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You want to implement the algorithm described here. You need to rotate B about an arbitrary axis - the same axis that you are rotating A about. I'm assuming you have an axis that you are rotating A about. If not, you can calculate one using the center point of A and a line parallel to the rotation normal.


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Use RotateAround. // Rotate around world y. transform.RotateAround(transform.position, Vector3.up, angle); // Rotate around local y. transform.RotateAround(transform.position, transform.up, angle); You may found other useful stuff in Transform documentation anyway.


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transform.eulerAngles = new Vector3(90, 0, 0); Rotates your gameobject to 90 degrees in x axis. Or you can rotate smoothly with Vector3 destination = new Vector3(90,0,0); transform.eulerAngles = Vector3.Lerp(transform.rotation.eulerAngles, destination, Time.deltaTime);


-1

vec_res = (inverse(VM) * conversion_to_matrix(q) * VM) * vec_input Is perfectly valid. The problem is... inverse(VM) * conversion_to_matrix(q) * VM is NOT equal to conversion_to_matrix(q) Therefore you have to keep the original equation in its entirety.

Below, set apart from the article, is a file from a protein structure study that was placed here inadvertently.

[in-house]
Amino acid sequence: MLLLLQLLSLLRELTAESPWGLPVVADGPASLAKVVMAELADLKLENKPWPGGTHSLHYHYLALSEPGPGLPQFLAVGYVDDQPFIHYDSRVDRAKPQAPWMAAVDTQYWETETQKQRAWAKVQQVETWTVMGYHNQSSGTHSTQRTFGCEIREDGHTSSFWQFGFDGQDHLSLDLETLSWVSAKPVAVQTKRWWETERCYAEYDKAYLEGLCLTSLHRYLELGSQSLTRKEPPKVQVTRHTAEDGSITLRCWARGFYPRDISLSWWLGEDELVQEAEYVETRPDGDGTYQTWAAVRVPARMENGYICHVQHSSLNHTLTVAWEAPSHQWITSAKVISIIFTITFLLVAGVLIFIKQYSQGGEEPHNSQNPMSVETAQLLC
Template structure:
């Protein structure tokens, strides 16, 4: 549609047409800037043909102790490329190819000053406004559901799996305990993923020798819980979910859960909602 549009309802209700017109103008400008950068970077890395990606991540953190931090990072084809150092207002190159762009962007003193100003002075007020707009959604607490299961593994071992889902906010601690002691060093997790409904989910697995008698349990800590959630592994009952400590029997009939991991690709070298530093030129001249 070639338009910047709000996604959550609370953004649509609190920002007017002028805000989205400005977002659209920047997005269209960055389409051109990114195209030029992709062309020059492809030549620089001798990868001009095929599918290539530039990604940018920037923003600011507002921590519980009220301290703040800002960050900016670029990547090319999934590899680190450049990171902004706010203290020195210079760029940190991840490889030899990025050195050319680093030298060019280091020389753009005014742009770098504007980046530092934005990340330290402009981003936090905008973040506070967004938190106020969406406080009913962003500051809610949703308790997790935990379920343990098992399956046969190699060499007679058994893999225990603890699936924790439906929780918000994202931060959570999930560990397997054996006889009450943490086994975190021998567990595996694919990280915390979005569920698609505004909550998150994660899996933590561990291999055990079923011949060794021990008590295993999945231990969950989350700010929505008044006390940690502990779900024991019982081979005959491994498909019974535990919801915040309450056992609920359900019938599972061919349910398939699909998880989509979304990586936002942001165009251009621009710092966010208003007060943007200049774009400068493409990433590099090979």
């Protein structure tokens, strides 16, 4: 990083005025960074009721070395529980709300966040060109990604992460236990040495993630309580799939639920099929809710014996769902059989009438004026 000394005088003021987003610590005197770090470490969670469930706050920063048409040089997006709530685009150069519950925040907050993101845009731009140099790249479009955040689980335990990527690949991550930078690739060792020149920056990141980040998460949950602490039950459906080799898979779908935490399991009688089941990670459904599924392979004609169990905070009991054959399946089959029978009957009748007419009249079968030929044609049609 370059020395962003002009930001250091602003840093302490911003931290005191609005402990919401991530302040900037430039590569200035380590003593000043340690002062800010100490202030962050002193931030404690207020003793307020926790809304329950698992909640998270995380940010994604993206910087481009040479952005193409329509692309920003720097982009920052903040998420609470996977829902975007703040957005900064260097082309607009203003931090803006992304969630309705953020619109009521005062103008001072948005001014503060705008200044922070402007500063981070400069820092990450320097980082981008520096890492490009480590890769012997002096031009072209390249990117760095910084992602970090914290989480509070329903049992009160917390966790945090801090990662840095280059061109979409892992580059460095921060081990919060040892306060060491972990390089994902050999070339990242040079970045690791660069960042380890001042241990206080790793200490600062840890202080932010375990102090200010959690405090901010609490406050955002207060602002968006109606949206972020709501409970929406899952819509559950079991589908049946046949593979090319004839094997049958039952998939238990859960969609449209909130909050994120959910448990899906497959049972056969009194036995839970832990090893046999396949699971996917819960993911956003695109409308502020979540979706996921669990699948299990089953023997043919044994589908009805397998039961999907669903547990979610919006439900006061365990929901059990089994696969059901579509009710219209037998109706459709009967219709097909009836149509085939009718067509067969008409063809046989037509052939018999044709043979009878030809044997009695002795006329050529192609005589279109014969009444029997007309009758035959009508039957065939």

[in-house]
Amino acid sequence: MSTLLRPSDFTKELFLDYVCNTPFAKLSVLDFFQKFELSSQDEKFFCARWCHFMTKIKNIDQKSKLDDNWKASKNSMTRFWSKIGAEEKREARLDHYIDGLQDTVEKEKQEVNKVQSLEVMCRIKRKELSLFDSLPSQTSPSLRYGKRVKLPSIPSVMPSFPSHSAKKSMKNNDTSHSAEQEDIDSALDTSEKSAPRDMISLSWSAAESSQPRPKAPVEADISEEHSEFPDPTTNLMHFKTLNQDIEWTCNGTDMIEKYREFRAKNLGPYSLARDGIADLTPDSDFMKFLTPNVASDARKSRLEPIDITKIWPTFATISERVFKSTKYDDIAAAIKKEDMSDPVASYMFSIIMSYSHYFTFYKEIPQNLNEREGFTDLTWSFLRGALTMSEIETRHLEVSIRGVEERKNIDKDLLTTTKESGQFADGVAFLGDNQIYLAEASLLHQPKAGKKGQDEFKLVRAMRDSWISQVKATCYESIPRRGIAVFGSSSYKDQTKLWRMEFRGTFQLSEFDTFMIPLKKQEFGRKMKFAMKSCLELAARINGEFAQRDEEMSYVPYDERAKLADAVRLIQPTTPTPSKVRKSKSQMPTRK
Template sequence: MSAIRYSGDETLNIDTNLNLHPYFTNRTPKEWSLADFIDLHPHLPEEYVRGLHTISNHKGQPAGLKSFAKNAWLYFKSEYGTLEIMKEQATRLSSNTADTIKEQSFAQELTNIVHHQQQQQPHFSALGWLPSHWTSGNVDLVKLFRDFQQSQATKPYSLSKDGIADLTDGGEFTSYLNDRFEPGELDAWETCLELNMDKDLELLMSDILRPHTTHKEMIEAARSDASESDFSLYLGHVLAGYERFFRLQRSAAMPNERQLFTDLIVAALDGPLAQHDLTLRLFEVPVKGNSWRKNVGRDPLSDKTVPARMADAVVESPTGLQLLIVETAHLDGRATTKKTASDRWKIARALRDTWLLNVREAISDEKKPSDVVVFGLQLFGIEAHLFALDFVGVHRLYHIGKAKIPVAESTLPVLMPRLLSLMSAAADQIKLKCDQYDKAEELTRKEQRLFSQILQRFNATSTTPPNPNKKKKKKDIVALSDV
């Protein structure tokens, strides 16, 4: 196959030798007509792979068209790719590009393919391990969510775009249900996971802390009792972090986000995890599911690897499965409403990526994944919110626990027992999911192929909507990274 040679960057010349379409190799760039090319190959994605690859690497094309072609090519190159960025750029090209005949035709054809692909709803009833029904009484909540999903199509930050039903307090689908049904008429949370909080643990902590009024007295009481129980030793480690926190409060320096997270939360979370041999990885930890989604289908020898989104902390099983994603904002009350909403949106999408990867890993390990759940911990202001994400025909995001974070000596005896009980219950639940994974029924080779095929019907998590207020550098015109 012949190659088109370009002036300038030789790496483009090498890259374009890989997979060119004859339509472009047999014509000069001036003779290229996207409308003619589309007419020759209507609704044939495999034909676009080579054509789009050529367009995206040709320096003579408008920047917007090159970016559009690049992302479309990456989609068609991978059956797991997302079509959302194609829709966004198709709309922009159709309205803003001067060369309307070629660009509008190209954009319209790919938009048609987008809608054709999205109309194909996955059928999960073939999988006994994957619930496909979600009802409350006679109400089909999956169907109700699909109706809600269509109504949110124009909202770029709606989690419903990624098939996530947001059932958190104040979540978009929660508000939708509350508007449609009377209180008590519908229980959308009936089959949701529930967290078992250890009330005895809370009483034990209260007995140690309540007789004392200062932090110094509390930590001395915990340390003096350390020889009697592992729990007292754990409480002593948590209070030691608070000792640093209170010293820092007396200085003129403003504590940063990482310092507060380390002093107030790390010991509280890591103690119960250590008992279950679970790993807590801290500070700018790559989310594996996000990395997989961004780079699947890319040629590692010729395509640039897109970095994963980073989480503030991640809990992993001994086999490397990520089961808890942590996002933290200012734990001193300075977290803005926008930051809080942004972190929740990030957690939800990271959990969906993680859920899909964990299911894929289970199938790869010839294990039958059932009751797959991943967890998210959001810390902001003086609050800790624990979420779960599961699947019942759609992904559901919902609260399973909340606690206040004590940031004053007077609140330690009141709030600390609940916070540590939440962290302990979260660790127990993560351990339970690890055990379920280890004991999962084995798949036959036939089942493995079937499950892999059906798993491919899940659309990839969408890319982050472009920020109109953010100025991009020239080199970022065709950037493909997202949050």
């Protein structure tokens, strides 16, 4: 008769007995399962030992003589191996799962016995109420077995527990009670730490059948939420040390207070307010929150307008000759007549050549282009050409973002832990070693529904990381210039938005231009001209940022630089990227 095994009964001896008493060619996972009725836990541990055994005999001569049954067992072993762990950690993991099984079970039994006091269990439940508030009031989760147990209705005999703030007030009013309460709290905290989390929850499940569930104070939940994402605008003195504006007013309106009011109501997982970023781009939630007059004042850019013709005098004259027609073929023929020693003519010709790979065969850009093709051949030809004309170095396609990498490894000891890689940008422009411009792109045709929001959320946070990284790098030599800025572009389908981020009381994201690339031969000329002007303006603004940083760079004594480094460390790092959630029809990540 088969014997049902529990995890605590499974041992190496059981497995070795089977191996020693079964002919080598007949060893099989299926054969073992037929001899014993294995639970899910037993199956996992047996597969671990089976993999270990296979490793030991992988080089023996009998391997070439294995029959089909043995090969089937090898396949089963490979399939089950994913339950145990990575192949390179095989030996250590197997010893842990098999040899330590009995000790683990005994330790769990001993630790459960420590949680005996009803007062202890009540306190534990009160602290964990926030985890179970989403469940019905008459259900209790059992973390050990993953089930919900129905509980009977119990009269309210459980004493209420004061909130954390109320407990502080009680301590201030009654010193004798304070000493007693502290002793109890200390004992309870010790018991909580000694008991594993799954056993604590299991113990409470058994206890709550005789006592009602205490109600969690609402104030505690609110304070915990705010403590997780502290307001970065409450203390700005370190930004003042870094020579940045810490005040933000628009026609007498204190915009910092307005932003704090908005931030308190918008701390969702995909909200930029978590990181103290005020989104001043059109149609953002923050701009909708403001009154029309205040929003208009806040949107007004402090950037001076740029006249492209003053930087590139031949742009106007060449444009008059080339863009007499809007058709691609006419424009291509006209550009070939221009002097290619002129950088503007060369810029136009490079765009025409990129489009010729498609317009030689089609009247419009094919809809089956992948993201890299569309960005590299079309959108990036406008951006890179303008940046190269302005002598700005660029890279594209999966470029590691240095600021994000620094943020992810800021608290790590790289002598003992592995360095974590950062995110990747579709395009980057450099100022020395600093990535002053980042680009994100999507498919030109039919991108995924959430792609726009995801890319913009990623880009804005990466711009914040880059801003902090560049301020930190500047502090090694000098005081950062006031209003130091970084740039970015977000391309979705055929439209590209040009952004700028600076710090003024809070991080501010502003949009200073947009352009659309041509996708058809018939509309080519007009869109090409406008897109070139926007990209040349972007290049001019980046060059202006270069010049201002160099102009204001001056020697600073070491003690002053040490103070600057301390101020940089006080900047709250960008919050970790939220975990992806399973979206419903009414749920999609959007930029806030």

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Note that multiplying your vector with inverse(VM) * conversion_to_matrix(q) * VM is not the same as multiplying it with conversion_to_matrix(q) since matrix multiplication is not commutative. So you really have to compute the entire matrix given in the first formula above.


2

You can apply a Kalman filter to accelerometer data, it's a powerful technique though and there are lots of ways to do it wrong. If your goal is to learn about the filter then go for it - the discussion here might be helpful. If you just want to smooth the data and get on with the next problem then you might want to start with a moving average filter, or ...


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well, quaternions represent rotation around an axis, so the rotation is in the plane orthogonal to this axis, no ?